BootProcess > init
Init is the first program to run after your system is booted, and continues to run as process number 1 until your system halts. Init's job is to start other programs that are essential to the operation of your system. All other processes are descended from init.
The system initialization process is handled by the init daemon. In jessie and later releases, /sbin/int is a symbolic link to one of the various init daemons: either /lib/systemd/systemd (see systemd) or /lib/sysvinit/init (see below), or some other init system.
Only systemd is fully supported; sysvinit is mostly supported, but Debian packages are not required to provide sysvinit start scripts. runit is also packaged, but has not received the same level of testing and support as the others.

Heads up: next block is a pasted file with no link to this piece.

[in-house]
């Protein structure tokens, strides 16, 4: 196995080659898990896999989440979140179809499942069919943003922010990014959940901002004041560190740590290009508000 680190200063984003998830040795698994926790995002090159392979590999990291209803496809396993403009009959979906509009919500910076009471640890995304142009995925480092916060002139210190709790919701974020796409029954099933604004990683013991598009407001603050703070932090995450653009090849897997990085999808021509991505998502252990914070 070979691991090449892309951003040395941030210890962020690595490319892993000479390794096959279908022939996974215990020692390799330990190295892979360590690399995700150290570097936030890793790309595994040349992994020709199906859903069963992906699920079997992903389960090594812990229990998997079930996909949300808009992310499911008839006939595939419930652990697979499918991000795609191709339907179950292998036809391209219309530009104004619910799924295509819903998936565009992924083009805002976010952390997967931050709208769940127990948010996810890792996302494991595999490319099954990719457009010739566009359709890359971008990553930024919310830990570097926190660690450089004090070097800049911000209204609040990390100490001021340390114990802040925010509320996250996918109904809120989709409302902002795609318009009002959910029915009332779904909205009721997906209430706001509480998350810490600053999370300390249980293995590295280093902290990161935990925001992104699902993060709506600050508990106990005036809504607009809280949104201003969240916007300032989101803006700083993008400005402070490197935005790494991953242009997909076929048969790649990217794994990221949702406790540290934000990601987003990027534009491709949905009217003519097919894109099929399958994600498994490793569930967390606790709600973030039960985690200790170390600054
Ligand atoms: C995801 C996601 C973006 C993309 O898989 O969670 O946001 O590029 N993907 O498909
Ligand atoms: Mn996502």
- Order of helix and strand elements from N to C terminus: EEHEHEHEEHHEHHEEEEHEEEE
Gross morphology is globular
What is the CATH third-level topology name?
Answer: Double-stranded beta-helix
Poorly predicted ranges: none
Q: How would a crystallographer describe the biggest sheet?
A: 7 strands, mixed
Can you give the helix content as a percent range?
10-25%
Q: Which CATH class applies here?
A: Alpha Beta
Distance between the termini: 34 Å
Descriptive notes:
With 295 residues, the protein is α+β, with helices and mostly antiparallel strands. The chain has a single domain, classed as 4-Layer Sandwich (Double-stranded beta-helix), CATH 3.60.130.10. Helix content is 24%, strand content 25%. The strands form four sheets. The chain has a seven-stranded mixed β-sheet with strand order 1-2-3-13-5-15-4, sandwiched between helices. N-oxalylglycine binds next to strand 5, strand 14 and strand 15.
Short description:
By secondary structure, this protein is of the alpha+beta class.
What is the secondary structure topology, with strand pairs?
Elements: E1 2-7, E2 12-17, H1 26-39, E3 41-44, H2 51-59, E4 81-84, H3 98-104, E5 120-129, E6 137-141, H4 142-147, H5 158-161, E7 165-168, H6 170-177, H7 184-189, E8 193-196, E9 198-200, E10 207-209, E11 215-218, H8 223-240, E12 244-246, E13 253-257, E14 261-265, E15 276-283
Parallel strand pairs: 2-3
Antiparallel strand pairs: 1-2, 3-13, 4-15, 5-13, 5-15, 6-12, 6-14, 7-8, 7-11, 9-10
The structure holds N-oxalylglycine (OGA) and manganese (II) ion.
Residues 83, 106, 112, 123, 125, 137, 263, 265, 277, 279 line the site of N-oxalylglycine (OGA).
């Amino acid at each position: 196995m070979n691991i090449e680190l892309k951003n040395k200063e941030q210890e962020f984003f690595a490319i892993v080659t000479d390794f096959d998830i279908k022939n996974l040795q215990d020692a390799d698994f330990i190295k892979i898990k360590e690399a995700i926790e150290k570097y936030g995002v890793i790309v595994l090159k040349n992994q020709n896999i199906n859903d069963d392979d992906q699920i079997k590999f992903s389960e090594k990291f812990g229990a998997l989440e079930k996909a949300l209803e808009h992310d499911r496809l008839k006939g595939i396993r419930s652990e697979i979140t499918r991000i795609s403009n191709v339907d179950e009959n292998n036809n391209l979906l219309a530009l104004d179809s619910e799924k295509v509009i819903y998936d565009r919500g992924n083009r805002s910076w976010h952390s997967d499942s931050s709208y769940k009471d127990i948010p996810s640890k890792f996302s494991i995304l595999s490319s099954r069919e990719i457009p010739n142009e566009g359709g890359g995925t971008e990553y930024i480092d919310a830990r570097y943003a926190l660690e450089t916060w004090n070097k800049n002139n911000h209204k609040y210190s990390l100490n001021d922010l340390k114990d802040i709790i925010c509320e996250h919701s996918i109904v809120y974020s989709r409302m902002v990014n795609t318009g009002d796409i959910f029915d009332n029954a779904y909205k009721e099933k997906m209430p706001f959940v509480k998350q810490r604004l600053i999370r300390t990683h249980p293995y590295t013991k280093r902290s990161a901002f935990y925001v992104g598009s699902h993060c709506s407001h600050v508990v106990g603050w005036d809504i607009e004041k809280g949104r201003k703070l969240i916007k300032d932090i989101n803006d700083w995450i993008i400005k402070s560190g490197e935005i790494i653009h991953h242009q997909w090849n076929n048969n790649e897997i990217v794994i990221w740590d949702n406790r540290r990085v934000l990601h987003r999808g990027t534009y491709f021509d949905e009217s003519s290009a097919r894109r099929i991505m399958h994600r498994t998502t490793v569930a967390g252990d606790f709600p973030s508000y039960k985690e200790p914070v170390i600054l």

The remainder of this page describes the sysvinit init daemon, which was the default in wheezy and earlier releases, and which is a supported alternative in jessie and later releases.
The ?/etc/inittab configuration tells init what to do. Especially it contains the lines:
id:2:initdefault: si::sysinit:/etc/init.d/rcS l2:2:wait:/etc/init.d/rc 2
Which causes the files /etc/init.d/rcS to run initialization scripts (in /etc/rcS.d/*), then scripts for requested runlevel (in /etc/rcS.[0-9]/*).
Init(8) man page (from sysvinit).
- update-rc.d, the equivalent to chkconfig